Scientific experiments at the micro-level may always be a practice fraught with ambiguity, a challenge that has never stopped the most tenacious minds. Take researchers Brian Mastracci, Ph.D. and professor Wei Guo of the Cryogenics Lab at the National High Magnetic Field Laboratory. The pair recently developed a scheme that clarifies the process by which a cooling element for large-scale equipment (such as superconducting magnets) operates under turbulence. Their findings, which allow for more precise particle tracking, were recently published as "Characterizing vortex tangle properties in steady-state He II counterflow using particle tracking velocimetry" in the journal Physical Review Fluids.
Due to a unique mode of heat transfer known as thermal counterflow , He II (a fluid state of helium-4) has been widely utilized for cooling large scale equipment, such as superconducting magnets, particle accelerators, and colliders all around the world. The superior heat transfer capability of He II, however, can be strongly affected by turbulence in its two fluid components.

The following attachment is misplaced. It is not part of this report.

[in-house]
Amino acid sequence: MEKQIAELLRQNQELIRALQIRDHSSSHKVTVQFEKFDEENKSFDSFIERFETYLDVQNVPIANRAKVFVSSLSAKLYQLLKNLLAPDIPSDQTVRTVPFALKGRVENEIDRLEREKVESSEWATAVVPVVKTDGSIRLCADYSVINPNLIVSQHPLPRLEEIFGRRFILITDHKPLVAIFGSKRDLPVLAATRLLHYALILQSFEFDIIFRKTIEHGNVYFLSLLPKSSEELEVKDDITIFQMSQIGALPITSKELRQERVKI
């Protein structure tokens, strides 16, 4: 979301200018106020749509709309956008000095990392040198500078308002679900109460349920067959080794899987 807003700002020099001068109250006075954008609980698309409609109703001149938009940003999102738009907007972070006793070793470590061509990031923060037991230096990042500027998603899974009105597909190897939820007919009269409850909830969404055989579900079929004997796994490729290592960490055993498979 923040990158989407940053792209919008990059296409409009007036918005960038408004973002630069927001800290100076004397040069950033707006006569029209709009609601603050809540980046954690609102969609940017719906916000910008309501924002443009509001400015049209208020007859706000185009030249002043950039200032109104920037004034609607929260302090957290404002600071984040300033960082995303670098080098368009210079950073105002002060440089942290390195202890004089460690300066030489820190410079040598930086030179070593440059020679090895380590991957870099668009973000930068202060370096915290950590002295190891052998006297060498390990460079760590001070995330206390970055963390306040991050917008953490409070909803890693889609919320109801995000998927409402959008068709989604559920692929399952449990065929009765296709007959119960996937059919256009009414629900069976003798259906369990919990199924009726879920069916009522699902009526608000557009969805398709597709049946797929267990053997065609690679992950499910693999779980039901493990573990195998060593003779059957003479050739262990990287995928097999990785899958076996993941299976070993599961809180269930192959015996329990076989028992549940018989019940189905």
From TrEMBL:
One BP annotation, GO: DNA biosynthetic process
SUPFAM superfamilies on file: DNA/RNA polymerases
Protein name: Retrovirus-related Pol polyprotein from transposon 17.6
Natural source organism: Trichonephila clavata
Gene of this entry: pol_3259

There have been extensive studies of counterflow turbulence using visualization techniques such as particle tracking velocimetry (PTV), whereby small foreign tracer particles are introduced to the fluid, illuminated by a laser, and filmed with a high-speed digital camera as they travel through the flow field. However, due to ambiguous motion that arises from complex interactions of the tracer particles with the normal fluid, superfluid, and quantized vortex lines, there has been little faith in the ability of PTV to make quantitative measurements.
Recently, the professors introduced a scheme for differentiating the behavior of tracer particles trapped on vortices from particles entrained by the normal fluid. In their paper, this scheme was applied to demonstrate that PTV can in fact be utilized for quantitative measurements of vortex dynamics in He II counterflow, resolving the ambiguity.